Quality: 4 out of 5
Trip-O-Meter: 4 out of 5
Aphrodite's Child was a Greek band featuring several future musical luminaries. New age/electronica guru Vangelis (of "Blade Runner" fame) shows up here as a multi-instrumentalist and writes the bulk of the music. Demis Roussos, who apparently had a successful solo career in the 1970's is the lead vocalist. This album is their debut and feature some prime, if slightly-skewed, 1968 psychedelia.
You've perhaps heard "Rain And Tears," the closest thing to a hit on this album. It's a pleasant organ-led psych track in the "Whiter Shade Of Pale" mold. Fortunately, it's not the best song here as End Of The World turns out to be a very consistent album.
I've often heard the early "prog rock" tag thrown at this direction. Although there are a couple of slightly longer tracks (like six minutes) present, the modus operandi here is very much psychedelic pop. We're not looking at multi-part, constantly shifting songs here. I think the progressive elements apply more to the oddball elements of this band.
As Greek musicians (who also spent time in Paris), these guys were probably pretty disconnected from the British/American mainline of 60's pop. Demis Roussos seems like he's often horsely belting out the vocals without any restraint in a strange approximation of his counterparts. This often works to enjoyable effect as "Mister Thomas" comes of as much less twee as it would otherwise, and I always get an amusing image of Mr. Roussos blasting from the top of a windswept mountain on the sideways rocking "Don't Try To Catch A River."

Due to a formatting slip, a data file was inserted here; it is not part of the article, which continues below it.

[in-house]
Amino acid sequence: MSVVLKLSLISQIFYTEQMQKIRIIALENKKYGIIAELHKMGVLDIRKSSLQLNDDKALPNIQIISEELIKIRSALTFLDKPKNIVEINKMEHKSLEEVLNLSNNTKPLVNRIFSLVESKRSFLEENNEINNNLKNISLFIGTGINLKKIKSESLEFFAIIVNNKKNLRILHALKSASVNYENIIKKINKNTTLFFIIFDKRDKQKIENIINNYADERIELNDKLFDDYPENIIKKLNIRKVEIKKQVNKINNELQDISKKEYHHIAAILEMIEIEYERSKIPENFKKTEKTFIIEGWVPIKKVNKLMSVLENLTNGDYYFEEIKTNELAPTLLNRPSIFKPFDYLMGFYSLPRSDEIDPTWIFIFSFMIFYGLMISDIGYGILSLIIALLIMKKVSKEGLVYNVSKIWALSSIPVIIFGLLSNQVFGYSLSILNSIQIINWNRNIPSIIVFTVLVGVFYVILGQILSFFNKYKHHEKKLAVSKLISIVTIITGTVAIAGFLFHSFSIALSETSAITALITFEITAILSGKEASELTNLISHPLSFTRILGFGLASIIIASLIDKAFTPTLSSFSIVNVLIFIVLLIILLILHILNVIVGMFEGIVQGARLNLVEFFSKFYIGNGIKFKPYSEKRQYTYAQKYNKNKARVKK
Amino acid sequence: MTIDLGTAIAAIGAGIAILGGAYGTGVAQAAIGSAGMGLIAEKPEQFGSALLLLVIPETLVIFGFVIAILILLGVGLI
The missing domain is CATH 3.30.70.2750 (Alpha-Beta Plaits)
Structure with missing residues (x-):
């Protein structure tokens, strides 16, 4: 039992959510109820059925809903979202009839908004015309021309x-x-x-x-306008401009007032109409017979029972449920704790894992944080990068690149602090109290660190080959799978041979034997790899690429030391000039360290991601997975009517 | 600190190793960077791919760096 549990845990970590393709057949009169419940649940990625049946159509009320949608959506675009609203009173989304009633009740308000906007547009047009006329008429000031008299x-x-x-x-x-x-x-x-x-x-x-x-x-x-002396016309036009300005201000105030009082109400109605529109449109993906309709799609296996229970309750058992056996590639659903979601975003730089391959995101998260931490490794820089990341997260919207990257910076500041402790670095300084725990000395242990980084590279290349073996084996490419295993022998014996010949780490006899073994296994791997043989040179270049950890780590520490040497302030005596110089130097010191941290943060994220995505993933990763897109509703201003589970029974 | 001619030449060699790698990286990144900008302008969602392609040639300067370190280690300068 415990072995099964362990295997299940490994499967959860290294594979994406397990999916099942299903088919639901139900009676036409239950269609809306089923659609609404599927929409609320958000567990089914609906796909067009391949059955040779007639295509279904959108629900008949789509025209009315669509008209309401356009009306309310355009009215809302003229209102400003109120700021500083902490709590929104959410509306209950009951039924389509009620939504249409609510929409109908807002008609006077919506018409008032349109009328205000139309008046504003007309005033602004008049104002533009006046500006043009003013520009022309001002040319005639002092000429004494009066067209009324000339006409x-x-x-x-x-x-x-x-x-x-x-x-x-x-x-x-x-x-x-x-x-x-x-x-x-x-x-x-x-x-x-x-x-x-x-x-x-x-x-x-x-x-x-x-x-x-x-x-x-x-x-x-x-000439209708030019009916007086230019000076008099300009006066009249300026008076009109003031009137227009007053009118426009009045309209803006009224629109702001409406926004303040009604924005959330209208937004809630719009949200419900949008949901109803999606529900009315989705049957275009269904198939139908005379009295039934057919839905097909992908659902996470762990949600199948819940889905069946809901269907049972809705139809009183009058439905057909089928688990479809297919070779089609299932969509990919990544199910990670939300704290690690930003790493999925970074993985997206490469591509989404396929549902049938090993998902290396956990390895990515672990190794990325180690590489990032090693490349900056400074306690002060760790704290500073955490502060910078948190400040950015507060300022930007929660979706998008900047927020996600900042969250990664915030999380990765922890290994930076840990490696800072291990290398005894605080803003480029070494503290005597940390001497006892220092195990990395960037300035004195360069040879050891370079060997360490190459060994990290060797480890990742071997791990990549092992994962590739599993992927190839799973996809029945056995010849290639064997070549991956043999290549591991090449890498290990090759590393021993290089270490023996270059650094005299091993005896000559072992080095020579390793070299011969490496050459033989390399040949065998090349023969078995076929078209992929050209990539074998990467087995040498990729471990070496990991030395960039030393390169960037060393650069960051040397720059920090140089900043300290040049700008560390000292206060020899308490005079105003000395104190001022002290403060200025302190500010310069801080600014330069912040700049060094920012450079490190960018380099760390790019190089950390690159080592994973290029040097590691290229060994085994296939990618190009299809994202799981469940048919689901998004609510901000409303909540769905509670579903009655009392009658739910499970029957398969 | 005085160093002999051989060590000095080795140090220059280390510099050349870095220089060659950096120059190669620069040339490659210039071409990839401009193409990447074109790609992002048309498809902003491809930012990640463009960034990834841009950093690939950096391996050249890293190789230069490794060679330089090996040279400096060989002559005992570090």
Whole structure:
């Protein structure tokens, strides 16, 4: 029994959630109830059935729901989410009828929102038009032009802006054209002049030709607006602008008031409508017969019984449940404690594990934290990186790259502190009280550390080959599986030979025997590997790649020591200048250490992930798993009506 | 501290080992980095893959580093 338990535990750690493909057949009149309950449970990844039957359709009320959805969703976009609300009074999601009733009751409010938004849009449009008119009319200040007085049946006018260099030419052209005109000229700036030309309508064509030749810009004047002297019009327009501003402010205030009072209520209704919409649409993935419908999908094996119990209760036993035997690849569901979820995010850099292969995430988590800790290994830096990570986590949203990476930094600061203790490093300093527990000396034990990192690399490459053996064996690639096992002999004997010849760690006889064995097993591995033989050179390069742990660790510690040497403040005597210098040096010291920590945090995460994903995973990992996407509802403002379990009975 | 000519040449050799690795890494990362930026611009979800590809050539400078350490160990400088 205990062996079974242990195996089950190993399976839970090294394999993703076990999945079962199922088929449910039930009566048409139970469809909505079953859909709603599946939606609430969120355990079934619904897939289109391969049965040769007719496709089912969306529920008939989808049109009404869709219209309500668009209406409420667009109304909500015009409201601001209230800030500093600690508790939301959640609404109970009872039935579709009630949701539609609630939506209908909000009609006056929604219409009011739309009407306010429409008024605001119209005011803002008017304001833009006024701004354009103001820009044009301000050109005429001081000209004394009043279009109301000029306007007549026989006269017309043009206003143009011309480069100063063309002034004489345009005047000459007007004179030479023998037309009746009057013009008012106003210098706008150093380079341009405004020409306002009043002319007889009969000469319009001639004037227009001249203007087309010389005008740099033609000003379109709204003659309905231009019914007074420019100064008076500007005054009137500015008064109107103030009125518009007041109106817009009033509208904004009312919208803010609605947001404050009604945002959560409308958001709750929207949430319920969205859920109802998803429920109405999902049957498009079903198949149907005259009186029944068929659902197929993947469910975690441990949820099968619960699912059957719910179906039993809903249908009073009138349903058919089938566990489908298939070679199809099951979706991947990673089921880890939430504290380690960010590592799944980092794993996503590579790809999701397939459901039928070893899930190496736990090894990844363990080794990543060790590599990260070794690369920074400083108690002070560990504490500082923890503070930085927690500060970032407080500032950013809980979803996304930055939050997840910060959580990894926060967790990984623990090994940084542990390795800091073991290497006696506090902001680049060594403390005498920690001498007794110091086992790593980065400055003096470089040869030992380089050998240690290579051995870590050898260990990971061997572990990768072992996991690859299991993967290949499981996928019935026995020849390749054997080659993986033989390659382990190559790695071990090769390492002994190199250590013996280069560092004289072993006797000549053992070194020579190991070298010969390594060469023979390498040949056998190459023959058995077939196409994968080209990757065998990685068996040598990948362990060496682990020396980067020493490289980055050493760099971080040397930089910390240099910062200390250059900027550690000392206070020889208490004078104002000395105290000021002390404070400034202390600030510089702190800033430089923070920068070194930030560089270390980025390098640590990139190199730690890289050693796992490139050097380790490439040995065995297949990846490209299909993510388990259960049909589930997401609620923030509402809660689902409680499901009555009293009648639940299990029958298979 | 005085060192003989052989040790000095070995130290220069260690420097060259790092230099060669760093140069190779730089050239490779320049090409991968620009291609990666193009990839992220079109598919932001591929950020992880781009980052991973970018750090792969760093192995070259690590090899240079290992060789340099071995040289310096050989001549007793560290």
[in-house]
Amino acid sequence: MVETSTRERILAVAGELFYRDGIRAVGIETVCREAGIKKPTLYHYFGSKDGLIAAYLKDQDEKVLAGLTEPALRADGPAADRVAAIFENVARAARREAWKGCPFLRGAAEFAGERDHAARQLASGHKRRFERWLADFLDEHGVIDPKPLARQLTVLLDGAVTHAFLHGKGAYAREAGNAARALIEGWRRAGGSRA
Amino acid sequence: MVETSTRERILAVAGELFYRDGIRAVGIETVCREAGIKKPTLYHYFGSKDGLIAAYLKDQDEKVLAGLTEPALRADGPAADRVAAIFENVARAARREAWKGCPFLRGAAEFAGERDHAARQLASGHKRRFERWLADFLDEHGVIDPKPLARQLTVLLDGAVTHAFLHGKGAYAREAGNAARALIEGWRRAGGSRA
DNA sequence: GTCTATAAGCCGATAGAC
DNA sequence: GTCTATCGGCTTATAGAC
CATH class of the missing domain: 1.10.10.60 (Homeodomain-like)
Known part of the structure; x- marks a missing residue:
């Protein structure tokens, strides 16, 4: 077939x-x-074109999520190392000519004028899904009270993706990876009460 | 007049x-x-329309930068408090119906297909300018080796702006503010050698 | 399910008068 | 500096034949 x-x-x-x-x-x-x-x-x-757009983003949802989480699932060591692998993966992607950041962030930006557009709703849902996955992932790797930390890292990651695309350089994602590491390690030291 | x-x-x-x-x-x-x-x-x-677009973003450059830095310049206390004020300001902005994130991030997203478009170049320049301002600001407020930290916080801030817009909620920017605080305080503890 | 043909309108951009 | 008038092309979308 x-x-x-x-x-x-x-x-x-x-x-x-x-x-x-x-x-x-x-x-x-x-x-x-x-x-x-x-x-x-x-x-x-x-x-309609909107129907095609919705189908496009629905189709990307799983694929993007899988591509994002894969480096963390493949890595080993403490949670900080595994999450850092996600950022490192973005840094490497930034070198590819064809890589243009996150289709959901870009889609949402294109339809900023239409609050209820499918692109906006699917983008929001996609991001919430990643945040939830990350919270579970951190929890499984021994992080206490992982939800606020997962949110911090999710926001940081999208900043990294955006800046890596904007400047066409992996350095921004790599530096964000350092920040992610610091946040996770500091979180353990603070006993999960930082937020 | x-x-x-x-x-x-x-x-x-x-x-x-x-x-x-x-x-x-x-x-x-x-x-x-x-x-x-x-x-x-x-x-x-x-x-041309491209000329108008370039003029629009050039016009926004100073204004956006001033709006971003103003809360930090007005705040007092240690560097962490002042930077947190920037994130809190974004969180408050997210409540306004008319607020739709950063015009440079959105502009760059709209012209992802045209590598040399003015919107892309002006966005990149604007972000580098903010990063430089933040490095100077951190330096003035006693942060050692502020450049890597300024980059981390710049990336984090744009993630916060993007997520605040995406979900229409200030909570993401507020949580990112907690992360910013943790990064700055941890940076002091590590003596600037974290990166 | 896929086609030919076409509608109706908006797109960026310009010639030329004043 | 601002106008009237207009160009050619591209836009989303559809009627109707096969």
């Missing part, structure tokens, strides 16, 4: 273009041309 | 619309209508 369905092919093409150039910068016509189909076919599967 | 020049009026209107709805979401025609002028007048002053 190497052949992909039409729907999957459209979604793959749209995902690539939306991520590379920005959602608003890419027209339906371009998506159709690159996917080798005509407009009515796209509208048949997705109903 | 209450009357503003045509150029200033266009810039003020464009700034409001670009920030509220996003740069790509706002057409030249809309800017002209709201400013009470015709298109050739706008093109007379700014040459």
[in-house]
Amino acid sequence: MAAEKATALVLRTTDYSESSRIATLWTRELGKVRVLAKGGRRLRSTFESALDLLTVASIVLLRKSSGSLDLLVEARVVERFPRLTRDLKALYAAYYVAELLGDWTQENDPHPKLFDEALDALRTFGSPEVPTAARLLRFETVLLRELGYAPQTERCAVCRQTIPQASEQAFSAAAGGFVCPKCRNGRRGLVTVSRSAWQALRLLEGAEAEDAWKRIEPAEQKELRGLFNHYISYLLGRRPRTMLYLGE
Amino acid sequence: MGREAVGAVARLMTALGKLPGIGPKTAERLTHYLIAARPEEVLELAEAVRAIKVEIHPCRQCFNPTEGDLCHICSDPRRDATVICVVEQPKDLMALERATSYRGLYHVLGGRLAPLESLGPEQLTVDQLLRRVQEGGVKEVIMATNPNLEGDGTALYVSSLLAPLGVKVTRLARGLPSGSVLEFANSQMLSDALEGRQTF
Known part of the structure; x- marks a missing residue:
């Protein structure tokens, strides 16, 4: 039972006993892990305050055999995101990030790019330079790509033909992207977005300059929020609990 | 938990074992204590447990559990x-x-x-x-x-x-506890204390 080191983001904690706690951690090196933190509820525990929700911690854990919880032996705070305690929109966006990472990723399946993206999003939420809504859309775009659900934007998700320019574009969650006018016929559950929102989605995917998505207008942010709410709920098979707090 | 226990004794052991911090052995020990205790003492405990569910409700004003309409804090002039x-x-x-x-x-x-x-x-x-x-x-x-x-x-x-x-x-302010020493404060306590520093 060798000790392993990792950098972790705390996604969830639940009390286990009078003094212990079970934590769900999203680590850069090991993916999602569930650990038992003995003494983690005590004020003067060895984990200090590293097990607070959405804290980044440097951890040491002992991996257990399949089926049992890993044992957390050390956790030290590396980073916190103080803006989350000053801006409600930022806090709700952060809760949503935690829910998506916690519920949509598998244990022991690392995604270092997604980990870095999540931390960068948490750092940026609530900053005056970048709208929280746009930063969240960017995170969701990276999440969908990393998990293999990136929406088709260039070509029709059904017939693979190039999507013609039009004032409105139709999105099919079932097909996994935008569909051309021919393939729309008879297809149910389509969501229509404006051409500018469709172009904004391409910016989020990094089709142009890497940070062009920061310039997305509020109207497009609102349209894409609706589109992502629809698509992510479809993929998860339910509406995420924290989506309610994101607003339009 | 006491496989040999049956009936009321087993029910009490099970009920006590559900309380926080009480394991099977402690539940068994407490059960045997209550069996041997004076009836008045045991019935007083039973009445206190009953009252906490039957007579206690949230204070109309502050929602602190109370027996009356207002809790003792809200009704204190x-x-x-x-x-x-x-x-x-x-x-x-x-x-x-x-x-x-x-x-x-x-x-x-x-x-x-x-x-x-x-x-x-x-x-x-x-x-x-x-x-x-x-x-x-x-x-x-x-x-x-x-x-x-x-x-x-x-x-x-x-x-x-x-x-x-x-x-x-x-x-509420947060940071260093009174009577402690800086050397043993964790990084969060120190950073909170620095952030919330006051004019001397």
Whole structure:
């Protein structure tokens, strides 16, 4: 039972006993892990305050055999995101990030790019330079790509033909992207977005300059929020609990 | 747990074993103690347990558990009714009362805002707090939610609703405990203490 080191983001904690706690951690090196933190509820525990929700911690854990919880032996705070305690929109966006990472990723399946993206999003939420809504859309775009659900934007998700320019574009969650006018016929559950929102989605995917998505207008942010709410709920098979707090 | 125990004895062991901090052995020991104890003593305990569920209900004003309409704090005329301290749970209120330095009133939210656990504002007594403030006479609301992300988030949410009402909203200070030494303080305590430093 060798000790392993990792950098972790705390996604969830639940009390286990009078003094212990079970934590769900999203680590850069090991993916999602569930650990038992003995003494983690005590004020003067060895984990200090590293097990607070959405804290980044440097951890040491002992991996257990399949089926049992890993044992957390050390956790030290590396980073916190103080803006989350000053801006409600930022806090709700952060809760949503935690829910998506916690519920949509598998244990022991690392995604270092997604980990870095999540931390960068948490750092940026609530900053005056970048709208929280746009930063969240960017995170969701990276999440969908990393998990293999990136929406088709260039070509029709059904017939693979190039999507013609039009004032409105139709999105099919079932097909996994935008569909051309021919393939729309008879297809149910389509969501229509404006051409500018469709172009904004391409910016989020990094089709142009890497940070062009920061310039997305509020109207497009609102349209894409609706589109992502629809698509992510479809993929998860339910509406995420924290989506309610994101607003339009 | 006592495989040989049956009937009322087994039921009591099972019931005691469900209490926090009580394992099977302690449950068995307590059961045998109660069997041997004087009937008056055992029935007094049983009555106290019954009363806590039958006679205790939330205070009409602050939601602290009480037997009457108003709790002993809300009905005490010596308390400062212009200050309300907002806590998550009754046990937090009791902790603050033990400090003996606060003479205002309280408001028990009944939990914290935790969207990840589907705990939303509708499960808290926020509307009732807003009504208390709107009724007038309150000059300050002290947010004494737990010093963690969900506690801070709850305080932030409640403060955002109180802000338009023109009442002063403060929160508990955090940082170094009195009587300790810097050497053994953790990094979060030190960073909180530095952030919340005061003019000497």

This is also an early example of an almost guitar-less rock album, which would become a common progressive rock gimmick. Vangelis is quite a keyboard player, however, and I never found myself missing guitar tones. It fact, I really had to pay close attention to the album to notice the lack of guitars. As a warning to fans of Vangelis, the songs here little in common with his solo works, although you might be pleasantly surprised by his different, but great performance here.
Lyrically, this album gets a bit strange, perhaps due to the fact that English was not these guys first language. Things are pretty creepy on opening track "End Of The World" as Roussos suggests "You should come with me to the end of the world without telling your parents or your friends," and that he'll "give you anything that lives on earth." It's not an enticing offer from a hairy hippy. As the album continues, we hear plenty of other psychedelic cliches twisted into surreal shapes.
The longer tracks, "The Grass Is Not Green" and "Day Of The Fool," break from the basic psychedelic pop mold. Here Aphrodite's Child get a little more progressive, but it's much closer to Days Of Future Passed Moody Blues than "Karn Evil 9." They do manage to end the album on a very creepy, unsettling note filled with decaying organs and sputtering percussion with "Day Of The Fool." End of the World, indeed.
Aphrodite's Child- End Of The World